Are you desperate for a hard-core Real Time Strategy game? Well, I think I might have found the game you have been waiting for. King Arthur 2: The Role Playing Wargame is the sequel to last year’s RTS and RPG hybrid and takes an even stronger turn into the realm of fantasy. The story begins with a menacing witch upsetting the order of Britannia by smashing the Holy Grail and trying to assassinate our beloved Arthur. King Arthur 2 brings us a campaign map twice as big and now it even includes the vast wasteland region and areas in the far north of Britannia. In the last game we saw a mix of regular units and special hero characters that were extra powerful. We now have a new class of hero even more powerful than the standard heroes. Developer Neocore Games have really done a great job and bought us an apologetically deep RTS experience that is not for the faint hearted, this is a relentlessly complex strategy game.
This game has far too much involved for me to be able to explain fully all the details, but I will do my best and try and get the basics across so you can get an idea of what it is all about. If you have played the previous title however, then you will already have a reasonable understanding as to what to expect.
The game beginss with an intro movie that is like a comic book slideshow where at certain points you make decisions by responding to the dialogue using a multiple choice answering system. The graphical quality in King Arthur 2 looks beautiful and is fairly slick. It’s all really nice, detailed and look great. The battles are all very detailed and you get that true feeling of being amongst up to 4,000 units on the screen at any given moment (some of the best I have seen in a long time, although, obviously, you will need a high end system to enjoy these features to the full). You get that feeling of vast amounts of people all waving their swords in the air shouting freedom.
The controls for this game all use the keyboard and mouse, as you would expect from a game of this type. Many of the commands you will issue are all done using the mouse by selecting your units and issuing those orders and making those important decisions.
There are three different main areas to this game. We have Battles, which are pretty much as the name explains. Here you are faced with some pretty big and epic battles where you need to control individual units and defeat the enemy army’s as they try and beat you to a pulp. You need to have a constant eye on your units, and make the correct decisions to successfully win these battles, such as making sure your cavalry units are not all bunched together when they are under attack from archers and deciding which units to use against the enemy’s. It’s all pretty complicated, and if you are new to this style of gameit will take you a fair bit of time to learn how to manage your armies to their full potential. You will lose some battles and win others; this is all part of war. You also have magic available with the heroes in the game. These guys are hard nuts and can be the make or break of a battle. You have the standard abilities trees where you have the choice of magic powers to use as you see in a lot of games. The use of magic is great fun and adds that extra feature to the historic battles we are used to seeing. I can only imagine what Braveheart would be like with magic involved, it would be epic. Not all the enemies are human, we have strange looking creatures to fight, it’s pretty much like Lord of the Rings with some evil looking bad guys sneering at you as you try and work out how the hell you are going to win against them.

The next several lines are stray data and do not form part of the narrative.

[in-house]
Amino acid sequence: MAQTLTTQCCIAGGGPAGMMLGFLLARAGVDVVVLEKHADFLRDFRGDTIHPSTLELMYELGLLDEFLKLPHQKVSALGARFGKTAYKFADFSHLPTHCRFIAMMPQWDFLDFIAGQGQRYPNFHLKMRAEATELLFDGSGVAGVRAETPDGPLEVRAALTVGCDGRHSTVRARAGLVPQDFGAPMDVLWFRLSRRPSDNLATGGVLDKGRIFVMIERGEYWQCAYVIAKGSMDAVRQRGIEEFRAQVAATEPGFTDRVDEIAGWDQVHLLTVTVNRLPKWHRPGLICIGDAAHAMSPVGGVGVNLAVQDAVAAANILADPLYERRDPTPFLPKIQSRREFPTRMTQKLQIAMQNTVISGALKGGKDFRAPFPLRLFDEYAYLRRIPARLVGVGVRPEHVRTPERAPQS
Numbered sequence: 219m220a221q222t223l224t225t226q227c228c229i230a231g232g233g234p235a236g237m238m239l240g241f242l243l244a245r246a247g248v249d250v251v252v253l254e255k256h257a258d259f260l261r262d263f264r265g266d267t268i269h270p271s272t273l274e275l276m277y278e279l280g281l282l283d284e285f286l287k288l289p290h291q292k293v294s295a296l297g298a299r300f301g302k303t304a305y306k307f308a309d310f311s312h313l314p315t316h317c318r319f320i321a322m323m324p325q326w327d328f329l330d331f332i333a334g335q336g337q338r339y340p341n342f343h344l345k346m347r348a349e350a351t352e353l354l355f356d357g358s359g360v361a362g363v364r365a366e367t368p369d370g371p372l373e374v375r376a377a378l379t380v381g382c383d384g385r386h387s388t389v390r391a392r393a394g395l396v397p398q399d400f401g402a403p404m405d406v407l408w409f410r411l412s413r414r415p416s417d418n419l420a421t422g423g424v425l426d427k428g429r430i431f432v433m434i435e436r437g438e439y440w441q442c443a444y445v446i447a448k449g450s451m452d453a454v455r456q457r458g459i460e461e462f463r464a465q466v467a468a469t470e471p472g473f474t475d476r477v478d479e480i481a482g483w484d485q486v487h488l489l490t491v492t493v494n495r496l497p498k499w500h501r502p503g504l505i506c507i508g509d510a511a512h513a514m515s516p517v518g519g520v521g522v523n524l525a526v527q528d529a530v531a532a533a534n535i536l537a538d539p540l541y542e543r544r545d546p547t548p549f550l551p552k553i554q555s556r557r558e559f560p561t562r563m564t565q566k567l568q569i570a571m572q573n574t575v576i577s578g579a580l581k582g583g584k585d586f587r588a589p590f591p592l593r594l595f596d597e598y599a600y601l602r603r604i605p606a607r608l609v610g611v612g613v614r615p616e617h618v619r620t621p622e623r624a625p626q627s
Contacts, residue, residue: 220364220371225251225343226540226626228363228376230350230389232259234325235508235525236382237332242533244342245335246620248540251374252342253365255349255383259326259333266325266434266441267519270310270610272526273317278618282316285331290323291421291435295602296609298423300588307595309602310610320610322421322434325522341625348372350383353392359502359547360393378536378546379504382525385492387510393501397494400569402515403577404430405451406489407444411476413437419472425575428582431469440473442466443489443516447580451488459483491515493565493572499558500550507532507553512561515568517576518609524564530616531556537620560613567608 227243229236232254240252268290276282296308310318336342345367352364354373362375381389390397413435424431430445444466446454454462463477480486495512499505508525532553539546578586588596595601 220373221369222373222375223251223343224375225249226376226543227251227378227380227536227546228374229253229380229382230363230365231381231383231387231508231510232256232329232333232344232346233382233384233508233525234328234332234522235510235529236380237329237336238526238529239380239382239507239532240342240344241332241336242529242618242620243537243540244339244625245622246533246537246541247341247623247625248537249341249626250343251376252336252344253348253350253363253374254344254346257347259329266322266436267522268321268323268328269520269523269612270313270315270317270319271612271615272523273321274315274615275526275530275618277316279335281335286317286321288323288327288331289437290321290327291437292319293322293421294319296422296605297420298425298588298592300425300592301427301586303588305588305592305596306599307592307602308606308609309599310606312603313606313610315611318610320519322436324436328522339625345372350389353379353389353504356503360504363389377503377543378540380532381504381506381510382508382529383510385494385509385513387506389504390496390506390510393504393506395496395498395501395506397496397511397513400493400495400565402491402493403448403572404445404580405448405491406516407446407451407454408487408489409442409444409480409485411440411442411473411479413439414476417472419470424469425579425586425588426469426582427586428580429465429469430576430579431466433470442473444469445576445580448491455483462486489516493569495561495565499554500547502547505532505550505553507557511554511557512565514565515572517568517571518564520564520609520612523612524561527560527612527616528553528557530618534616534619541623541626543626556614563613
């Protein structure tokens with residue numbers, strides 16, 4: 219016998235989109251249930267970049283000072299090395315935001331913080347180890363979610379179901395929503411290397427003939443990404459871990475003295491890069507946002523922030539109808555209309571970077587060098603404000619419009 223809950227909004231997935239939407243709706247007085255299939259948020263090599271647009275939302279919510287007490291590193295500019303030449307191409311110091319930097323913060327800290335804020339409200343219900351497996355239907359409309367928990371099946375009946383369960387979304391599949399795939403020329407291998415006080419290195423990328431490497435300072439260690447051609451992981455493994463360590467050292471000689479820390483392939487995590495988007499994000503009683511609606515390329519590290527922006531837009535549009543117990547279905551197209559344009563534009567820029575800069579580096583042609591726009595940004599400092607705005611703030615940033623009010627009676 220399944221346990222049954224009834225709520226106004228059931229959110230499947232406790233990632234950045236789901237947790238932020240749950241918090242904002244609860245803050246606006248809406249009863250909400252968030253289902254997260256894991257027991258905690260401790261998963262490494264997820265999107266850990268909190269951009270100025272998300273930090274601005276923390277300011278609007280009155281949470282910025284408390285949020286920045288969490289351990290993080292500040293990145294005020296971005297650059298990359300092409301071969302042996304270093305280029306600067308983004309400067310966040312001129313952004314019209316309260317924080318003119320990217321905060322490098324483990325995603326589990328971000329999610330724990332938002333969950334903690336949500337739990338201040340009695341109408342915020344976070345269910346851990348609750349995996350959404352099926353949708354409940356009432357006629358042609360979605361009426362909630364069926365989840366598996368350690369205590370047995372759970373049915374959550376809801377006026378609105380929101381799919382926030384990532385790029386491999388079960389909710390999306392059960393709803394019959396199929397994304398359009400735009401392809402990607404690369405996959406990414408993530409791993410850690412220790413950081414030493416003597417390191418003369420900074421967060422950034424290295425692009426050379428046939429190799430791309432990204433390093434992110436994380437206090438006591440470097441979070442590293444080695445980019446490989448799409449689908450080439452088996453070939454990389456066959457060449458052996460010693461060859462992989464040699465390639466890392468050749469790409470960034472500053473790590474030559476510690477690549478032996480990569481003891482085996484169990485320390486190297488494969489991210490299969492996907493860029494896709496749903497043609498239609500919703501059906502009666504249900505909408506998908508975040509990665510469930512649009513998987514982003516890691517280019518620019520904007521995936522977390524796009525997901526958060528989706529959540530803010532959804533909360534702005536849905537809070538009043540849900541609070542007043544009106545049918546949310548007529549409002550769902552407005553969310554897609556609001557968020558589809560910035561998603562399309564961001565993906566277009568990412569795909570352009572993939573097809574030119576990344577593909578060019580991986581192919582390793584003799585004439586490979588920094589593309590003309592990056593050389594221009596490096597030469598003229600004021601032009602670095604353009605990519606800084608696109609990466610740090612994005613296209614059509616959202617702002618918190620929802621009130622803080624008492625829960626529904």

The second area you have control over is what they call Adventure Quests, these are like a story book where again you have some comic-style slideshows and multiple choice answers for your decisions on how to proceed. Here is where you really decide whether you are a nice guy or a hard faced person determined to be the ruler of everyone. Here we decide stuff like whether to help villages that have been under attack; also we can build diplomatic relationships here. All the decisions you make reward you with certain rewards like gold or an increase in how much you are liked. This leads us onto the Diplomatic Quests where, as the name suggests, you build good or bad relationships. This is how we expand the territory that you have control over on the main map. You obviously want to try and gain control over the entire map so your empire becomes vast and you feel like a king.
There is no multiplayer option available in King Arthur 2; I am not sure why they have not implemented one, however this may be for the better as it means they have been able to spend more time on the in-depth and highly detailed storyline and gameplay. Every aspect of this game shows some great attention to detail. We are left with a well thought out and fun game. This game isn’t for the faint hearted though, it is very overwhelming at first. It has one of the hardest learning curves I have seen in a long time. However, if you stick at it and really spend time on it, you will be rewarded with a fantastic game; great for all those hard-core RTS fans out there. King Arthur 2 has a massively detailed campaign that will take you hours to fully complete, so you will need a lot of Redbull. I hope I have managed to convey how the game looks and feels here, but as I said there is so much to learn and do the only way you will truly find out is to run out and purchase it for yourselves.
Rating: 8/10 (Review scores explained).
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